An oddity in list comparison and element assignment

michael.f.ellis at gmail.com michael.f.ellis at gmail.com
Thu Jun 1 22:31:01 CEST 2006


Considering the number of new programmers who get bit by automatic
coercion, I wish Dennis Ritchie had made some different choices when he
designed C.  But then I doubt he ever dreamed it would become so wildly
successful.

Being a curmudgeon purist I'd actually prefer it if Python raised a
TypeError on float vs integer comparisons.

Cheers,
Mike

Kent Johnson wrote:
> michael.f.ellis at gmail.com wrote:
> > Hi Alex,
> > With all due respect to your well-deserved standing in the Python
> > community, I'm not convinced that equality shouldn't imply invariance
> > under identical operations.
> >
> > Perhaps the most fundamental notion is mathematics is that the left and
> > right sides of an equation remain identical after any operation applied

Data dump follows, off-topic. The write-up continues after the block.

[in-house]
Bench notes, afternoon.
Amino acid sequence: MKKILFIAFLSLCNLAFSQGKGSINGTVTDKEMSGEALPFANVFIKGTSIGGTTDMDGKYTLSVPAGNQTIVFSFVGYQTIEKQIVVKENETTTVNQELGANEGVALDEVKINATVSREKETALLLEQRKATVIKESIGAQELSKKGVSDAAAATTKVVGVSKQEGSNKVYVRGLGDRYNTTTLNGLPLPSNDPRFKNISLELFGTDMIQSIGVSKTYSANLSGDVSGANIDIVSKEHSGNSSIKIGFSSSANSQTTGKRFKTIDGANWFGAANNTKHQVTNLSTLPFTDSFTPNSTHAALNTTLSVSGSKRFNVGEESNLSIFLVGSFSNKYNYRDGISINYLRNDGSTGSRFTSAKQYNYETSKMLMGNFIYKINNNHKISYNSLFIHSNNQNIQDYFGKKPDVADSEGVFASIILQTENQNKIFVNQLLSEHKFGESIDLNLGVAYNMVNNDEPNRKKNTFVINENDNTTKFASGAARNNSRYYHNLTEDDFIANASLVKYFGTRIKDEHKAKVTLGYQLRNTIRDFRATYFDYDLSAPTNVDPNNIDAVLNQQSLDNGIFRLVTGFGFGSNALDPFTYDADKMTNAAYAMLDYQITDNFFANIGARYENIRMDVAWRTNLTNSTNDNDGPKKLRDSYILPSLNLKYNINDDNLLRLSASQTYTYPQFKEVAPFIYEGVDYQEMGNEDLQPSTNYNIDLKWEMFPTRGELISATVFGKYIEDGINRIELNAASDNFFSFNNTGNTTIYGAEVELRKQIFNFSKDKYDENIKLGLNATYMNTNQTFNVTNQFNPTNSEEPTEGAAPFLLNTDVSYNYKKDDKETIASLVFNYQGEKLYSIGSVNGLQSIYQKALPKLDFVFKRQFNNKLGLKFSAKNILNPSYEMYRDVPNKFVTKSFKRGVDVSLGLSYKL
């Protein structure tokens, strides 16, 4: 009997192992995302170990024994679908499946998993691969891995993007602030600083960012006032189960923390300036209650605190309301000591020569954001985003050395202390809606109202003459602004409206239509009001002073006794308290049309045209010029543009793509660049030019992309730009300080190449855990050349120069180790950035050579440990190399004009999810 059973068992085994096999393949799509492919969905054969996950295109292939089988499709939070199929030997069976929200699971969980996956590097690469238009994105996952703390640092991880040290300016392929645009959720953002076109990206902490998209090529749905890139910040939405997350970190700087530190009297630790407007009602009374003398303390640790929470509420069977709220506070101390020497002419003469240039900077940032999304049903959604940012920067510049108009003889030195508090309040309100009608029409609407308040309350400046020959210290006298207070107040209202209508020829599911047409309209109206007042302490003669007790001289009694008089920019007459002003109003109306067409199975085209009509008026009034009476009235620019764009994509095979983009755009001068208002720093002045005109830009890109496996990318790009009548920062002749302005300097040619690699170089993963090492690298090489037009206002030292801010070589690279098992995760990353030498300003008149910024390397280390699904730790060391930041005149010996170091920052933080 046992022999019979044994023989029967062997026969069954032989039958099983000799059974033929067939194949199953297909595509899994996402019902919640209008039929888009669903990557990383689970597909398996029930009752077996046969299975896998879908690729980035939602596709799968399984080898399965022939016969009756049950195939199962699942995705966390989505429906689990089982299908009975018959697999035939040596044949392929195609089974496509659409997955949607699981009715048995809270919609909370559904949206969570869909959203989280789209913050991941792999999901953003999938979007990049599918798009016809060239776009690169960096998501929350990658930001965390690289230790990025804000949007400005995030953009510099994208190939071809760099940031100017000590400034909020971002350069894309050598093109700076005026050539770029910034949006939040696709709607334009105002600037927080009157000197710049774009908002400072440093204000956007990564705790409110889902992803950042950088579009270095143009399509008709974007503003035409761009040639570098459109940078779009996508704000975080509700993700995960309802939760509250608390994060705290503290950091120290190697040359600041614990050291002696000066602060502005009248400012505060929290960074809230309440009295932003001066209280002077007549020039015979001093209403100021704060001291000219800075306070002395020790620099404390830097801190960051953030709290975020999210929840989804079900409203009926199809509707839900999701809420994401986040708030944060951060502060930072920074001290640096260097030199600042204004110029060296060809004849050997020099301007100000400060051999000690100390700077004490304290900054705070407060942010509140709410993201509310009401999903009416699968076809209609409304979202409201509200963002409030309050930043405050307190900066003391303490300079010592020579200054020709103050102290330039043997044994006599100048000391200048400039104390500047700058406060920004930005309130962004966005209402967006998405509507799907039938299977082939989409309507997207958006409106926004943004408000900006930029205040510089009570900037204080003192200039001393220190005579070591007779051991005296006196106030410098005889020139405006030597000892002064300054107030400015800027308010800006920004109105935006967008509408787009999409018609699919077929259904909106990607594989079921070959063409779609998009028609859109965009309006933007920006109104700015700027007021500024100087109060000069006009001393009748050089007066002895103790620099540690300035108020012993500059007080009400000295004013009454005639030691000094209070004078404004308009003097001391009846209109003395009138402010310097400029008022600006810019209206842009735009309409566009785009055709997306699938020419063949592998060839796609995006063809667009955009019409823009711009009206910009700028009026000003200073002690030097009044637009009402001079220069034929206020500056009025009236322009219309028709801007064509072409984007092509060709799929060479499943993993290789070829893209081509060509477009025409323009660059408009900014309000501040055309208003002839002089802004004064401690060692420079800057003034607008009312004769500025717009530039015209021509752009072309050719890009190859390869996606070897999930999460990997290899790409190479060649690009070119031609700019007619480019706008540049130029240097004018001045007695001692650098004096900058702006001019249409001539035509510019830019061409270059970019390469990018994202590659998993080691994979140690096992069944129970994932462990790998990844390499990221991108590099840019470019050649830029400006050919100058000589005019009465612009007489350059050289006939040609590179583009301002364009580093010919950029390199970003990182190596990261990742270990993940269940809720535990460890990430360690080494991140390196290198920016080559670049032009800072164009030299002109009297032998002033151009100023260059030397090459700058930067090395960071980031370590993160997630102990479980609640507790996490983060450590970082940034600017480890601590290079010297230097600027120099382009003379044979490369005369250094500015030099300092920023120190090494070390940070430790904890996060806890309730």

> > to both sides.  Our experience of the physical world is similar.  If I
> > make identical modifications to the engines of two identical
> > automobiles, I expect the difference in performance to be identical.
> > If my expectation is met, I would assert that either the two vehicles
> > were not identical to begin with or that my modifications were not
> > performed identically.
>
> But programming is not mathematics and assignment is not an equation.
> How about this:
>
> In [1]: a=3.0
>
> In [2]: b=3
>
> In [3]: a==b
> Out[3]: True
> 
> In [4]: a/2 == b/2
> Out[4]: False
> 
> Kent




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